Sunday, March 11, 2012

A little unorthodox?

Perhaps some of you may have already been aware, but this is news to me.. Francis Crick was high under the influence of LSD when he discovered the structure of the double helix DNA.
It is interesting, very interesting to read about one of the greatest discoveries of all time - a discovery that has opened endless possibilities allowing great progress in biology - being discovered as a result of acid. Although I do not condone doing LSD, Crick did and expressed that it allowed him to access his brain in ways that people who don't normally do acid wouldn't otherwise be able to.

"'Dick Kemp told me he met Francis Crick at Cambridge. Crick had told him that some Cambridge academics used LSD in tiny amounts as a thinking tool, to liberate them from preconceptions and let their genius wander freely to new ideas. Crick told him he had perceived the double-helix shape while on LSD.' "

article about double helix discovery under LSD here

Now you shouldn't go taking acid before your biology exams following Crick's example, but it is quite ironic to see how something very harmful and bad for you, has also led to such an important scientific/medical discovery.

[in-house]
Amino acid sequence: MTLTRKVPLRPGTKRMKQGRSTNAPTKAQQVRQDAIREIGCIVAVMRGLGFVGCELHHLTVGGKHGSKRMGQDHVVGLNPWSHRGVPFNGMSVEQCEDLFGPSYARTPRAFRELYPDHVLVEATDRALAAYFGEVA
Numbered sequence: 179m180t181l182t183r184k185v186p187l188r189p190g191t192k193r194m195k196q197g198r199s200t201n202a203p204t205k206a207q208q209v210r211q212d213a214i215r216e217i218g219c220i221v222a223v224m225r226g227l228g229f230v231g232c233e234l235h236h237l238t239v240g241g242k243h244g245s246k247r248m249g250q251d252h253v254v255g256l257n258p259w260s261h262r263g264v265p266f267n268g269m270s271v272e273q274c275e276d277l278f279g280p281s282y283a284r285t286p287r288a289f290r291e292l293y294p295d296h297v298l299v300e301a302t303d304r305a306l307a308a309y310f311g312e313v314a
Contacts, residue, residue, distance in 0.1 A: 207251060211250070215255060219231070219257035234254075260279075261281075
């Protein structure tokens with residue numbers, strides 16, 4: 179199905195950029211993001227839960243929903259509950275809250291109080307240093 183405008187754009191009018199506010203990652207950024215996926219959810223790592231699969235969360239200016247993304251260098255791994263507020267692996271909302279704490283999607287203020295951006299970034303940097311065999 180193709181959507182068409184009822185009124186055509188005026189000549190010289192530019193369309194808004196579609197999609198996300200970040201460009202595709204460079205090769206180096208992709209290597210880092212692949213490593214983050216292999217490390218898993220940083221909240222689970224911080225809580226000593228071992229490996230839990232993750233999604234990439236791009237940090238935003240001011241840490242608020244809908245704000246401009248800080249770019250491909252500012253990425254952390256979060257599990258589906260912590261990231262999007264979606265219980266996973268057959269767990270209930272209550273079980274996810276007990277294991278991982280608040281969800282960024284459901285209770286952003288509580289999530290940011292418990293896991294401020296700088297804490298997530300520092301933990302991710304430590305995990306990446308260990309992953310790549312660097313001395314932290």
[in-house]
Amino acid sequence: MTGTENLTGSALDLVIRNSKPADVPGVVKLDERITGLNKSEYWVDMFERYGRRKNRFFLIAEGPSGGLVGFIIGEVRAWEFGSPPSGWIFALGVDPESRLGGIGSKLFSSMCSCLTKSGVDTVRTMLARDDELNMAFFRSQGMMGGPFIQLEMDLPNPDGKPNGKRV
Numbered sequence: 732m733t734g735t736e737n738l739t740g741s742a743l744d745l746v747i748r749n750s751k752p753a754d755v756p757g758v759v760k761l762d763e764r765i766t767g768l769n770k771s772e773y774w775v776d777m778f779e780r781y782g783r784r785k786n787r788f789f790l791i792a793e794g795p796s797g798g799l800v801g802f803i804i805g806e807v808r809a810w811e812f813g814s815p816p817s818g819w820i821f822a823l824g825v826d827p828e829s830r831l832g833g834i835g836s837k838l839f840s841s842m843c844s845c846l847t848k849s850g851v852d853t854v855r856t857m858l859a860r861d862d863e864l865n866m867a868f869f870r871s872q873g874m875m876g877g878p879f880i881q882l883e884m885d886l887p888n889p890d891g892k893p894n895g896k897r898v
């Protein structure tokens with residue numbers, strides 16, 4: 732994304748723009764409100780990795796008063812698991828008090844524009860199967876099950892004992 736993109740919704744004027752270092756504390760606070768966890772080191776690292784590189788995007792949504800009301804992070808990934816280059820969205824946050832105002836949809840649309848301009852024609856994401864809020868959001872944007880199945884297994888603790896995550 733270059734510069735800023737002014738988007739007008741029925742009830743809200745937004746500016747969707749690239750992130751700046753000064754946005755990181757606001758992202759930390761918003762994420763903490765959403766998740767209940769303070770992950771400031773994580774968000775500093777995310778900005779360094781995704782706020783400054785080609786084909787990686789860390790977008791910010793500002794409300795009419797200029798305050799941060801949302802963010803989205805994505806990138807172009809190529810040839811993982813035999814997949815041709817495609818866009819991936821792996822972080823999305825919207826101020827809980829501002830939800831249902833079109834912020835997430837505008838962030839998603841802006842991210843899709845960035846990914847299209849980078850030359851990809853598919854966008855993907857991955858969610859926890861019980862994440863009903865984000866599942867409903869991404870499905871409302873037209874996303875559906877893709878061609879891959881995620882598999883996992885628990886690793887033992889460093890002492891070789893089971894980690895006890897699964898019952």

1. I'm not sure if you read the post on accidental discoveries in our blog, but coincidentally LSD was yet another accidental invention. Swiss chemist Albert Hofmann was working with Lysergic acid derivatives to develop a respiratory and circulatory stimulant when he first synthesized Lysergic acid diethyl amide. In the process of purification he accidentally absorbed some of the acid through his fingertips and was quickly overcome by a "not unpleasant intoxicated-like condition, characterized by an extremely stimulated imagination." He later tested the substance in larger doses and eventually was sold under the name Delysid' "to elicit release of repressed material and provide mental relaxation, particularly in anxiety states and obsessional neuroses." And for Dr. Crick up there, LSD was also used by psychiatrists, "to gain an insight into the world of ideas and sensations of mental patients." Pretty interesting huh?